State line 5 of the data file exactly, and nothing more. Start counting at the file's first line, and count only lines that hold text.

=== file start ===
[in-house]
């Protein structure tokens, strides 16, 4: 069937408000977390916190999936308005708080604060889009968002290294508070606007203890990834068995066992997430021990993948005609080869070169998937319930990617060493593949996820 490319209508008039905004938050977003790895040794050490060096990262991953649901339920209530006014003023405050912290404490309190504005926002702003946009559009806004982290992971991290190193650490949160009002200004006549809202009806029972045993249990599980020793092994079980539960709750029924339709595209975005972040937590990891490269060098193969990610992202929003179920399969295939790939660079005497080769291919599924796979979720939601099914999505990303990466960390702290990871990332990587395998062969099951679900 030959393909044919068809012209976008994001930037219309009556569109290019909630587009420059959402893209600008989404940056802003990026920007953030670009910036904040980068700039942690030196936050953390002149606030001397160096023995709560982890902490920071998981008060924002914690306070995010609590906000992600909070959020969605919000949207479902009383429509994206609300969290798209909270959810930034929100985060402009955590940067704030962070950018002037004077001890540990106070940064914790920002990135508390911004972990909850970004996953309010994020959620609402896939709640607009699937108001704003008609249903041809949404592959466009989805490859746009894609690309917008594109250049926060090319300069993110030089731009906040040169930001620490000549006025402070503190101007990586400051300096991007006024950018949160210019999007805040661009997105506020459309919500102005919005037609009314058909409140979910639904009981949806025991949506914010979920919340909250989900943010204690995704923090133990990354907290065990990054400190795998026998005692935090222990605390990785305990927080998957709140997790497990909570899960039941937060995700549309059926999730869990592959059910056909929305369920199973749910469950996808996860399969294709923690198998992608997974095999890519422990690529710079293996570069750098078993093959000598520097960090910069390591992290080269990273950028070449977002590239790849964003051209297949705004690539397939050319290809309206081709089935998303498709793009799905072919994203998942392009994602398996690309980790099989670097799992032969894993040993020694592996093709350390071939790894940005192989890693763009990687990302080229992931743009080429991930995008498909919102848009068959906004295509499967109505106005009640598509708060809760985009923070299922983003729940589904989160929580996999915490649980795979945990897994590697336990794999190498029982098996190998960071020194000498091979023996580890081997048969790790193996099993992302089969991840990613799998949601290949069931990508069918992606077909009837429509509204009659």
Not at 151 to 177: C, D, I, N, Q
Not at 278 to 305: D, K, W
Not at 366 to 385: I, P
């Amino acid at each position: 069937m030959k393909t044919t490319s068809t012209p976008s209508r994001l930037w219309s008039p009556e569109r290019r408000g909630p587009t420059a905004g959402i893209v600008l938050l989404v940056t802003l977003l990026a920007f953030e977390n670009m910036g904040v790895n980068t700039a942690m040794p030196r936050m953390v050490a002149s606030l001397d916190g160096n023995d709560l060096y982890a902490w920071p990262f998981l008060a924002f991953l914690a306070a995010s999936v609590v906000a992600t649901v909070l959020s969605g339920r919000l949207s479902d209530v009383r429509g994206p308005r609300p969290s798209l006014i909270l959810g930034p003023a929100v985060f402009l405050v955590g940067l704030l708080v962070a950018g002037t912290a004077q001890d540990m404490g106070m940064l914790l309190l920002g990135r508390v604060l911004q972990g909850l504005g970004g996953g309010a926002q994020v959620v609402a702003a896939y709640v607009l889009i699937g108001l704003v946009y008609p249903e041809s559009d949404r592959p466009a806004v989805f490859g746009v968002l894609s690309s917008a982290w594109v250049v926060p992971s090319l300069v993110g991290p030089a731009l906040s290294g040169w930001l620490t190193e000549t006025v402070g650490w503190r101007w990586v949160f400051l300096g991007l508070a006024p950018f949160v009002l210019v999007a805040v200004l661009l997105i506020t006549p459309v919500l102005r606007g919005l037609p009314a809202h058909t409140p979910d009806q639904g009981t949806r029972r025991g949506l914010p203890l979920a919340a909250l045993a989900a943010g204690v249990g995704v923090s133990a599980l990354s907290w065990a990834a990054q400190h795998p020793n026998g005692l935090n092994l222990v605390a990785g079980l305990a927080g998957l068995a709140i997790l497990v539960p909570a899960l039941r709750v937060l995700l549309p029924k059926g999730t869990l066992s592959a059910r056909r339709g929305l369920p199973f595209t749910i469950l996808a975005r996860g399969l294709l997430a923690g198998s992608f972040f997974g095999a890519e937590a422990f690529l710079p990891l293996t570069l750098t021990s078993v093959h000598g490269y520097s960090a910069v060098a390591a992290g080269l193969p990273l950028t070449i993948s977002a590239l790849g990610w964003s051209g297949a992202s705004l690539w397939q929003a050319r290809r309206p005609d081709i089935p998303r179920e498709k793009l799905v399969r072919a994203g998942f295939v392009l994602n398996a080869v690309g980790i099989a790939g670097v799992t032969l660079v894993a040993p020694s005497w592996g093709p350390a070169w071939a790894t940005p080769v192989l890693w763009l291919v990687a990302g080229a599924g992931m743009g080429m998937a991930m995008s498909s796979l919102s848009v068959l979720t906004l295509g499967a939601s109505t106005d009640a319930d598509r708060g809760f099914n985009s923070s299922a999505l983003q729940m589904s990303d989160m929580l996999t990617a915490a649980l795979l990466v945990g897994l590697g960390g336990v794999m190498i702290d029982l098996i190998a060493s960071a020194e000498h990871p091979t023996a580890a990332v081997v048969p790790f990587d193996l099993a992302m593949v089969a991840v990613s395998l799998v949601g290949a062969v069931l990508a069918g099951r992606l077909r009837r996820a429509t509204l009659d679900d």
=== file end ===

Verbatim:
Not at 366 to 385: I, P